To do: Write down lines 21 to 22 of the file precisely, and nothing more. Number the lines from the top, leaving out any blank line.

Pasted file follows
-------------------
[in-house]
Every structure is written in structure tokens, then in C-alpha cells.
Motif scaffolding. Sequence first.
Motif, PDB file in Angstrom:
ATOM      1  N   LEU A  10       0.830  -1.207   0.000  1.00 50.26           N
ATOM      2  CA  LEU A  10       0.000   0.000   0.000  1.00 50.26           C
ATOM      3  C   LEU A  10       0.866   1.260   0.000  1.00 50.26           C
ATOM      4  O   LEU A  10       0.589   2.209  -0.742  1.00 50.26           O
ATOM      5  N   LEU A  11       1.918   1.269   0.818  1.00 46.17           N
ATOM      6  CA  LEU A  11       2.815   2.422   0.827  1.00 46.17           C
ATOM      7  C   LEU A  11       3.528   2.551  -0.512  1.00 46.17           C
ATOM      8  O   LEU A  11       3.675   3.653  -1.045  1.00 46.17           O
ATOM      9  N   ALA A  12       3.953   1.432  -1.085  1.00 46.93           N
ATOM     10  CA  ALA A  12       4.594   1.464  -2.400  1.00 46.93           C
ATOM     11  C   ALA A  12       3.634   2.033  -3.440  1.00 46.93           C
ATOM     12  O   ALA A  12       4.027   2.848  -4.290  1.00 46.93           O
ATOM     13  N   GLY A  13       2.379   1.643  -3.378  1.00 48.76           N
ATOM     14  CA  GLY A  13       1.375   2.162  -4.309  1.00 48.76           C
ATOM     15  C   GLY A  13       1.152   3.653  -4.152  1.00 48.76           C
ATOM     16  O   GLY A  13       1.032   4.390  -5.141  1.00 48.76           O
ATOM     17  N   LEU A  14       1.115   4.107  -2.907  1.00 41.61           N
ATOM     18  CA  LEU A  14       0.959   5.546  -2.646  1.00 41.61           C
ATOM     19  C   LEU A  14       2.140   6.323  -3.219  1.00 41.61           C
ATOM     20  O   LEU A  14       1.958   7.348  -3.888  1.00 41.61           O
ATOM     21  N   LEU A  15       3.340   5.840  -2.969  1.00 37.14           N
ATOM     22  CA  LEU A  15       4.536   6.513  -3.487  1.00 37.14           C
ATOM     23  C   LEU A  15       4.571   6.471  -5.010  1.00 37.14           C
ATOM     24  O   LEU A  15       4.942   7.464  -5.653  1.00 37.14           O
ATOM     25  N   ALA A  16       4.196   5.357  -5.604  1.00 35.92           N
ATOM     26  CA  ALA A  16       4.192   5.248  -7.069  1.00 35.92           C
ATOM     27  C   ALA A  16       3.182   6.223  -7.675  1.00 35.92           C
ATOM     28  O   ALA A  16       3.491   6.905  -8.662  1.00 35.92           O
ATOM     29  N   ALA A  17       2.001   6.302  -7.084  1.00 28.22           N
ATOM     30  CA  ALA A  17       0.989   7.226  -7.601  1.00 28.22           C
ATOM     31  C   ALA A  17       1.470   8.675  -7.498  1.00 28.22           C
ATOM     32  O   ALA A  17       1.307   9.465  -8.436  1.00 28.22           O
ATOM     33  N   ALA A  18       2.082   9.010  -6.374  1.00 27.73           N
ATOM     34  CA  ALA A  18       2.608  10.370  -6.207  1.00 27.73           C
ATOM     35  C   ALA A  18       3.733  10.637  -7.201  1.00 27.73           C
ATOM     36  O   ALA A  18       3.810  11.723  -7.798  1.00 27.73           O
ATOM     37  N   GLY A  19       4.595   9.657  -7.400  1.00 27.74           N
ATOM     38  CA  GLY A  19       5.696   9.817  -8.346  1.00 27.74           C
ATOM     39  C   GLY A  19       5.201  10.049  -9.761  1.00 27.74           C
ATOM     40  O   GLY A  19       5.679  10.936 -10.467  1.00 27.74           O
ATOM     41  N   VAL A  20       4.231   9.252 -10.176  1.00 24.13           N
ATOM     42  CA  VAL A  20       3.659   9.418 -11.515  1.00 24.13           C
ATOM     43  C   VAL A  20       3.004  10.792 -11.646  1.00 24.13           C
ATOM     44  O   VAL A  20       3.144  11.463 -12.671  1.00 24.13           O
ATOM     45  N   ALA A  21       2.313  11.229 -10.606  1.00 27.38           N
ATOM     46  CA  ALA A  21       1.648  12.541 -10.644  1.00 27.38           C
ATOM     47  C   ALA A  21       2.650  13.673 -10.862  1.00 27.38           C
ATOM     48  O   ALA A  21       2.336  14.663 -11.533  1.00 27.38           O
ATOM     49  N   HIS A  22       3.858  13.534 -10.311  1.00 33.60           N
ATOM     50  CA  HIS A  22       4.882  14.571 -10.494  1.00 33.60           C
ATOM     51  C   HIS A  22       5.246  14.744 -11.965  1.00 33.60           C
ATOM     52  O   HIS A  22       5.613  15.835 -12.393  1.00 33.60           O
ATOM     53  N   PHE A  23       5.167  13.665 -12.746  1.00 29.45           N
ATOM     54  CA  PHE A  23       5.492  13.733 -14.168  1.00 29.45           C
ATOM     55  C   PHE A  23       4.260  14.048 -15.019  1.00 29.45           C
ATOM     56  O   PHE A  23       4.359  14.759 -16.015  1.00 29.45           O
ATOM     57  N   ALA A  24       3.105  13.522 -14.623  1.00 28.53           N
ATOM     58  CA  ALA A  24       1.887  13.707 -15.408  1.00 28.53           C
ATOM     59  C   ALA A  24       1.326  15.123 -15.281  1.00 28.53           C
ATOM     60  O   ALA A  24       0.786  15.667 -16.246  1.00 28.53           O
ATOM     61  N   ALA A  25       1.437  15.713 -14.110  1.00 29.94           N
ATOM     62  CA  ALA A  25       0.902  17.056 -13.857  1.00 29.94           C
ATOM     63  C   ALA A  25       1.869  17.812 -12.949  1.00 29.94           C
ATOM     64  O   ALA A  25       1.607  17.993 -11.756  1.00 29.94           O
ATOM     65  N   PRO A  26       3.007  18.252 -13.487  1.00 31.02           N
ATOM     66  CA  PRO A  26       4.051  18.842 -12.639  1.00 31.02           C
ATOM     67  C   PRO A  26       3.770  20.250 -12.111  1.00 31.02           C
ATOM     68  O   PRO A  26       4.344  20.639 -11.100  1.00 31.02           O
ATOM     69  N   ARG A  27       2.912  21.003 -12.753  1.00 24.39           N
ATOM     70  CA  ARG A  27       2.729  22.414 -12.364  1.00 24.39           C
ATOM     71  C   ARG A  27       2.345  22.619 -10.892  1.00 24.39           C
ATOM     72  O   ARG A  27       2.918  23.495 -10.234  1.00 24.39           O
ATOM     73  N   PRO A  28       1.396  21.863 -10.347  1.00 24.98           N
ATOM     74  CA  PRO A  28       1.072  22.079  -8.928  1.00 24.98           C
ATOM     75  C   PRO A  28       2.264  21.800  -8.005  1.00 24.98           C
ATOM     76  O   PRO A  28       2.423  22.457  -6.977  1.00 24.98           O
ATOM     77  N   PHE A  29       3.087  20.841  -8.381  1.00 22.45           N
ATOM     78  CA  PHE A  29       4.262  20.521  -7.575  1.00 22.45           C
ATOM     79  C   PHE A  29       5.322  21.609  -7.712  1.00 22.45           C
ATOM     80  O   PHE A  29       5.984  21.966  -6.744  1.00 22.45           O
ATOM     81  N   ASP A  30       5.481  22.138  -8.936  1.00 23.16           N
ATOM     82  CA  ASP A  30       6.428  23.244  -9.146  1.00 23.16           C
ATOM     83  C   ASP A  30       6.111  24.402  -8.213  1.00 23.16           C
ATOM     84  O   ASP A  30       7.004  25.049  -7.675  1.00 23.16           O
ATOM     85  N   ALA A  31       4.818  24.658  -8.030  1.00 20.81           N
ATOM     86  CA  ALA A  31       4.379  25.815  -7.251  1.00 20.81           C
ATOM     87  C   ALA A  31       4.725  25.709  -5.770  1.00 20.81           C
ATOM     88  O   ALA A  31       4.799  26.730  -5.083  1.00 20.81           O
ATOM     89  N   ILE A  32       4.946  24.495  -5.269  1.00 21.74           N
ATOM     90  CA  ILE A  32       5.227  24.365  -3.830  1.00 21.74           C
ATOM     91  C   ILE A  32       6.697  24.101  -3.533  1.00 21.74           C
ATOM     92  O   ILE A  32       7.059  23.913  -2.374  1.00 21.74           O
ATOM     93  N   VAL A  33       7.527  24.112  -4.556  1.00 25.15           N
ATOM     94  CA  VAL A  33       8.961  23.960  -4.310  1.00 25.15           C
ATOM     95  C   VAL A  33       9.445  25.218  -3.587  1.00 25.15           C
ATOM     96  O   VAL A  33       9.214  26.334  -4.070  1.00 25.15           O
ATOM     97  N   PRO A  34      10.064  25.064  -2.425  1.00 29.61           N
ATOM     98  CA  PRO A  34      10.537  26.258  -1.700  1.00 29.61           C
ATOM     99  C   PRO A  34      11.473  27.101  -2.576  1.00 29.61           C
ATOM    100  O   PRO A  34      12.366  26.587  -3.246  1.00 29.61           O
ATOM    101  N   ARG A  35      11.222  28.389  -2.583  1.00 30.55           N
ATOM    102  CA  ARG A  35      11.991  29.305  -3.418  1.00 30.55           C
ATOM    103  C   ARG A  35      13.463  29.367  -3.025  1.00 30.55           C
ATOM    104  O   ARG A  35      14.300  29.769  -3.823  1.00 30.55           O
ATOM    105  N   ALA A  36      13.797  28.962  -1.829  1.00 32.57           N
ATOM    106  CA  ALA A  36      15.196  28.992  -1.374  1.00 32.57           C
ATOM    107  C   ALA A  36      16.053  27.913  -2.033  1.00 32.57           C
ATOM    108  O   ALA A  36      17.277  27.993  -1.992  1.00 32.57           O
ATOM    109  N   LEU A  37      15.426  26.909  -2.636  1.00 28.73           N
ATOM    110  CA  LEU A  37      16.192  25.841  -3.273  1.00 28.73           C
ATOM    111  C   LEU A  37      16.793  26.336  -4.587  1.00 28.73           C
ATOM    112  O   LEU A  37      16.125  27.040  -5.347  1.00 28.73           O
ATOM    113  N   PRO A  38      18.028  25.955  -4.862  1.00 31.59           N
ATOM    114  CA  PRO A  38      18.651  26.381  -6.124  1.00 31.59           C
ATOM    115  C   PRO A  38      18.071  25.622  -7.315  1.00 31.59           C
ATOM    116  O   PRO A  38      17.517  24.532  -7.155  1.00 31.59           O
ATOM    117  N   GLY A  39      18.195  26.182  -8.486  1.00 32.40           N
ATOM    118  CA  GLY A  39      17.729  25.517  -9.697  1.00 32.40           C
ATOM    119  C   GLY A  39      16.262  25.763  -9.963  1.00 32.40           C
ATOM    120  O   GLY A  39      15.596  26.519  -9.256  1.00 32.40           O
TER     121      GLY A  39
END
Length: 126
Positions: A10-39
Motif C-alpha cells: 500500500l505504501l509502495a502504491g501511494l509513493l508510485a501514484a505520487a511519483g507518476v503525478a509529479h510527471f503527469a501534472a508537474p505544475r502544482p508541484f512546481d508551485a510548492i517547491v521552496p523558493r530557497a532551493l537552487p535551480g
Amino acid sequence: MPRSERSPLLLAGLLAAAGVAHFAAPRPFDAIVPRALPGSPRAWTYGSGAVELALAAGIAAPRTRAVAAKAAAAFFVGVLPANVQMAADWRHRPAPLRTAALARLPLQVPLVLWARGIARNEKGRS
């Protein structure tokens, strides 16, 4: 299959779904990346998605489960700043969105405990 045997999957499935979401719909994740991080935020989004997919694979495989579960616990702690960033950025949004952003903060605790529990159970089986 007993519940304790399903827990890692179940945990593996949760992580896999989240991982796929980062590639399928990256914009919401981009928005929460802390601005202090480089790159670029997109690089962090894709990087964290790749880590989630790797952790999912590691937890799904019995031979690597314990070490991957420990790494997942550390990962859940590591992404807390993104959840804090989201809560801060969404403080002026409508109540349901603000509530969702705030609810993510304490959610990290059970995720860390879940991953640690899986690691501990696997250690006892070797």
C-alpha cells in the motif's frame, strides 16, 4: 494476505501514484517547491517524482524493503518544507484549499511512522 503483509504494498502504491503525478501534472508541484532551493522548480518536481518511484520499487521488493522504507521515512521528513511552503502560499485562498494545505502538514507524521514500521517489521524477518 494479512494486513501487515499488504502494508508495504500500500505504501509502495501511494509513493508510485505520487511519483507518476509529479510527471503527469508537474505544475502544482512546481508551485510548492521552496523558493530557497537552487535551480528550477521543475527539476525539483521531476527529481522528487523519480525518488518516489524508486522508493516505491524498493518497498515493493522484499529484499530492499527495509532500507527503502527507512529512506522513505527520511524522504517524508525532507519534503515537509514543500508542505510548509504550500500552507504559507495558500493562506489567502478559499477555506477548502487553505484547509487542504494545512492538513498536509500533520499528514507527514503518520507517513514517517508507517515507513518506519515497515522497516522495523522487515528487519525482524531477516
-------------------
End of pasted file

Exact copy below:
ATOM     17  N   LEU A  14       1.115   4.107  -2.907  1.00 41.61           N
ATOM     18  CA  LEU A  14       0.959   5.546  -2.646  1.00 41.61           C